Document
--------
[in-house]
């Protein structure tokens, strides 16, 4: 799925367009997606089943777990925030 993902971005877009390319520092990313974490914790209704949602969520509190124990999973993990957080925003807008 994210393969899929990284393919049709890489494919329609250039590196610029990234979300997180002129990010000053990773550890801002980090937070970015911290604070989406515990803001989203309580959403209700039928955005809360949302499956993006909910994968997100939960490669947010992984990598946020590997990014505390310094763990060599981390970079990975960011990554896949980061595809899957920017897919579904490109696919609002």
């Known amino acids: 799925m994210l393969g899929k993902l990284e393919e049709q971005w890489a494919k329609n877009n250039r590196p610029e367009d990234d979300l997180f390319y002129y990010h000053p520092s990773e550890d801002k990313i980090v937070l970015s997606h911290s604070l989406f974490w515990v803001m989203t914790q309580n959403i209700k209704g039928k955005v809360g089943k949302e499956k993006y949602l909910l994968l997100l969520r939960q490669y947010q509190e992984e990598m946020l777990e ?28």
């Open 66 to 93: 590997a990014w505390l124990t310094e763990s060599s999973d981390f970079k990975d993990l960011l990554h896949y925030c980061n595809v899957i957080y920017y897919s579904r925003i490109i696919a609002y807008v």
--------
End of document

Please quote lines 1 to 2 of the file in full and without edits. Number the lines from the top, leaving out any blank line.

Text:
[in-house]
């Protein structure tokens, strides 16, 4: 799925367009997606089943777990925030 993902971005877009390319520092990313974490914790209704949602969520509190124990999973993990957080925003807008 994210393969899929990284393919049709890489494919329609250039590196610029990234979300997180002129990010000053990773550890801002980090937070970015911290604070989406515990803001989203309580959403209700039928955005809360949302499956993006909910994968997100939960490669947010992984990598946020590997990014505390310094763990060599981390970079990975960011990554896949980061595809899957920017897919579904490109696919609002």